POCAHONTAS - Even back in 1964, when the Dodge Polara owned by Mike and Lana Pratt, of Rolfe, was brand spanking new, it wasn't a commonly seen automobile.
Now, 50 years later, it's even less so; even at the Mopar Nationals, a car show dedicated to Mopar products with 2,500 cars, it's unusual.
"There were only four 64 Polaras there," Mike Pratt said. "This was the only one with the four-speed."
-Messenger photo by Hans Madsen
Mike and Lana Pratt, of Rolfe, prepare the vintage drive-up tray that goes onto the window of their restored 1964 Dodge Polara during the 14th annual Princess City Car Show on Main Street in Pocahontas. The rare car was found on a farm near Beresford, South Dakota, four years ago.
-Messenger photo by Hans Madsen
Kathy Merrill, of Emmetsburg, looks over some of the cars on display along Main Street in Pocahontas Saturday during the 14th annual Princess City Car Show.
They've owned the car for four years. It was found near Beresford, South Dakota.
"We stumbled on it by accident," he said.
How accidental, it was only visible from the road because the previous owner had moved it out of a shed to make way for a new grain wagon. It was slated to go back into that shed a few days later.
They happened to drive by at the right time to notice.
"He started grabbing his chest and pointing," Lana Pratt said. "I thought he was having a heart attack."
The lucky encounter led to an hour of negotiations, the writing of a check and the end of a long quest.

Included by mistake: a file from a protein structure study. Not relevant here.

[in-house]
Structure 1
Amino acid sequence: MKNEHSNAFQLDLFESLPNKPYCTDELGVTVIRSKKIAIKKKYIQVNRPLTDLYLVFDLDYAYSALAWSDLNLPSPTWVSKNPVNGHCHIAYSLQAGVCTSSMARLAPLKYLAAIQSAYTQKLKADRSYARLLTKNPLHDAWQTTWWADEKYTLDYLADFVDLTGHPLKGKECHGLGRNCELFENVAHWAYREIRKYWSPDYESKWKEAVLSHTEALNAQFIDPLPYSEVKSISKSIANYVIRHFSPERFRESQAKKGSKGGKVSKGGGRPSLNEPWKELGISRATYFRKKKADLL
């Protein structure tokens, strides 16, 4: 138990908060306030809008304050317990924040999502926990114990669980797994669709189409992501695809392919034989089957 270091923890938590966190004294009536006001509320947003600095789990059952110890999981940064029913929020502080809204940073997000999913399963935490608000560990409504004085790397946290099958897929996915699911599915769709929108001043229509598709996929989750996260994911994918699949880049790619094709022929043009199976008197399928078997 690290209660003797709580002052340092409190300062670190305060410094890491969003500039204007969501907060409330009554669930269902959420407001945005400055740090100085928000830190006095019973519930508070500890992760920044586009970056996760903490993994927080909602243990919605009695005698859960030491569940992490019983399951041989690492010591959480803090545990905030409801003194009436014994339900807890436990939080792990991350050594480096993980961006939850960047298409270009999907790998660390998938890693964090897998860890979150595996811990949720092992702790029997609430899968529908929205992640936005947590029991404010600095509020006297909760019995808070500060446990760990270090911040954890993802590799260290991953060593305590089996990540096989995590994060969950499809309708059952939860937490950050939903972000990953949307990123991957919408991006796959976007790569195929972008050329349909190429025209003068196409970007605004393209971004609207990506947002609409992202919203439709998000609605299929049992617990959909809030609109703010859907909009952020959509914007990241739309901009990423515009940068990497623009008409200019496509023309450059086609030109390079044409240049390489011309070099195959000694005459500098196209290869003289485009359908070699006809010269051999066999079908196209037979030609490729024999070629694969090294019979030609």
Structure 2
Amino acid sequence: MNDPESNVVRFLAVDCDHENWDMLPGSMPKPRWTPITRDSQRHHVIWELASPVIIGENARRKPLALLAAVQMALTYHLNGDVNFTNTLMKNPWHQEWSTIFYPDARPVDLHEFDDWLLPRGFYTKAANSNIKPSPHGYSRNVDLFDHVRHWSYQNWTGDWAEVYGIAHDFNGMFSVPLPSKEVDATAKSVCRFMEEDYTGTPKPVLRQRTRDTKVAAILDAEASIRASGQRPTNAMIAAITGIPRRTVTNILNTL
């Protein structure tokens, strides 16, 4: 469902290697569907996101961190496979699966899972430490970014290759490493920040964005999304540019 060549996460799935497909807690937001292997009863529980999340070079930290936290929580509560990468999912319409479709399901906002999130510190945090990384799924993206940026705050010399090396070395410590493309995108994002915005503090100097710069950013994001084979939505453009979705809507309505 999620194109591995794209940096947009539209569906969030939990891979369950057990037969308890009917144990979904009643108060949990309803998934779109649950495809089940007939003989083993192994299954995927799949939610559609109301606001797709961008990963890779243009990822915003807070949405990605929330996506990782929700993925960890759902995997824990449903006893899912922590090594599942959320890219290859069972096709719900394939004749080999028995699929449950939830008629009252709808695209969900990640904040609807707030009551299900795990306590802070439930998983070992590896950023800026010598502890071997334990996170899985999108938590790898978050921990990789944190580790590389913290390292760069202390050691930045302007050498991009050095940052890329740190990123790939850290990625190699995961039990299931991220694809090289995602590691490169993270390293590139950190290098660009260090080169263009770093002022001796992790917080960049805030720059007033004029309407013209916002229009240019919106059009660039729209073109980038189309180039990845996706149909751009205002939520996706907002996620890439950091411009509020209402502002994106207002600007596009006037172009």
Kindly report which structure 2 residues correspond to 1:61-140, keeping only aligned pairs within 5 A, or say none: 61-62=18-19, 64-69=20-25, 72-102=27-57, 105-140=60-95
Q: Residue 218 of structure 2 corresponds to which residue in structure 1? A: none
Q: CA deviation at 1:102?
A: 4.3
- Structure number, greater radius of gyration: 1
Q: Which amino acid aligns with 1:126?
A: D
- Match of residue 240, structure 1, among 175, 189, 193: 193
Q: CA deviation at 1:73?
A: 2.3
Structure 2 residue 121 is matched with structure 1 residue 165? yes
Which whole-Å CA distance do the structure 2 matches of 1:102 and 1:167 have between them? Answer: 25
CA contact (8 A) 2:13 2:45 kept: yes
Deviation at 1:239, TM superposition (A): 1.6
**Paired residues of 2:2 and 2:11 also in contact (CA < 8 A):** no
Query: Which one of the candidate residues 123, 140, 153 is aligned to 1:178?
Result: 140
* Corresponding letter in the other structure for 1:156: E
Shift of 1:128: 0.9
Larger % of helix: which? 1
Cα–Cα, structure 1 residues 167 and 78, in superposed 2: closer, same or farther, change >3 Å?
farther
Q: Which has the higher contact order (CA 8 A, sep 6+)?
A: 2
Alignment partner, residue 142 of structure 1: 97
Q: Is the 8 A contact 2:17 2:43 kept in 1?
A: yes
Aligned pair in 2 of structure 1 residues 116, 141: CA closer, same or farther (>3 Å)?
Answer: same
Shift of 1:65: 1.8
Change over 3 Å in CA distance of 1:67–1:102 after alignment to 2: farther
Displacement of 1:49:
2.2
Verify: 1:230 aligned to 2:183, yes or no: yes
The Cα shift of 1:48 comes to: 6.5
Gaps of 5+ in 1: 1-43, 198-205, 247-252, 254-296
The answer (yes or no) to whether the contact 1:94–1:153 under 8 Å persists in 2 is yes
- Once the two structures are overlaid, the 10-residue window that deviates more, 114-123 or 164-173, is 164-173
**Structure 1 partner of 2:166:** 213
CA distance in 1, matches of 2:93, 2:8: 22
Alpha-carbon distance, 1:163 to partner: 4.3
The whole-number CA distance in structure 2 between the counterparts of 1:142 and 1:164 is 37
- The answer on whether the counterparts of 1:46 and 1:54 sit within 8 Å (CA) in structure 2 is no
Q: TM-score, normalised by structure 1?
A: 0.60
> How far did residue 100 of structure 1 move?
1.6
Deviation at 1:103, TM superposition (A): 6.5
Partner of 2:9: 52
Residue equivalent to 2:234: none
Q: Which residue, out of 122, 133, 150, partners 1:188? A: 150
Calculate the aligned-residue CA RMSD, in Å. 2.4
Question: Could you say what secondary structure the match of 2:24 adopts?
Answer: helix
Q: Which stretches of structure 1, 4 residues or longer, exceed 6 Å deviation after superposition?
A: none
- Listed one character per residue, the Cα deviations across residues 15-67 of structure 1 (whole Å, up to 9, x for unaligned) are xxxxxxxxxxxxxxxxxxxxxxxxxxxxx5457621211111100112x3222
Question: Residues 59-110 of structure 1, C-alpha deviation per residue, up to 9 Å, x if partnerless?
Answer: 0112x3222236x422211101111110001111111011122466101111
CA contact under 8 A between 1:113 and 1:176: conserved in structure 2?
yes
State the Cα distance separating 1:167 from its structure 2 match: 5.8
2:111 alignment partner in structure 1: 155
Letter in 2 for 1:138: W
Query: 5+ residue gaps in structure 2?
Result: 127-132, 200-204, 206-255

"I had one when I was 17," Mike Pratt said. "I had it two years and never saw another one, I gave up looking for one 15 years ago."
With that rare of a vehicle, sometimes finding parts - particularly body and trim pieces - can become a hunt onto itself. Pratt was lucky with his Polara.
"I was fortunate," he said. "It had all of its trim, it was all in the trunk."
Getting it ready and completed has been a long process.
"It took 3 1/2 years to restore," he said, "We just got it done this spring."
While Pratt has a vintage drive-up food tray displayed on one window of his car and a drive-in movie speaker on the other, Darrell Nicol, of Laurens, has a stuffed animal Road Runner that's posed to look like it just let his 2010 Dodge Challenger down on top of who else, the Coyote.
"I've had them for 20 years," Nicol said. "I always planned on doing this at car shows."
The setup is a tribute to the car that every car buff seems to have, the one that got away.
"I had a 1970 Road Runner in high school," he said. "I always wanted another one."
Nicol's 2010 Dodge Challenger has been modified to look like another automotive icon, the 1970 Plymouth Superbird which is noted for a having a large spoiler on the trunk.
He's invested about $55,000 in creating the vehicle in his own body shop. He began the project after heart surgery.
"I decided I'm going to have a nice car," he said. "No matter the cost."
Of course, a nice car needs a nice custom license plate - it reads IOWALOT.
Kathy Merrill, of Emmetsburg, was busy taking in the more than 100 cars that were driven to the show.
"I can't believe so many have this many cars fixed up." she said.
Merrill attended the show with husband, Craig Merrill and their son, Brian Merrill.
They arrived in a recently restored 1970 302 Boss Mustang - one of the special editions of the car sought after by collectors .
"I had the car since I was a kid," Craig Merrill said. "It was either fix it up or get rid of it."
Driving the car, is almost and all of the family affair.
Brian Merrill, himself the owner of 2003 Mustang, drove it to the show.
"I like it a lot," he said.
Kathy Merrill however, did not, and won't be for awhile.
"I can't drive it," she said, a bit mournfully. "I've never been able to drive a manual."
She wants to though.
"I just need some lessons," she said.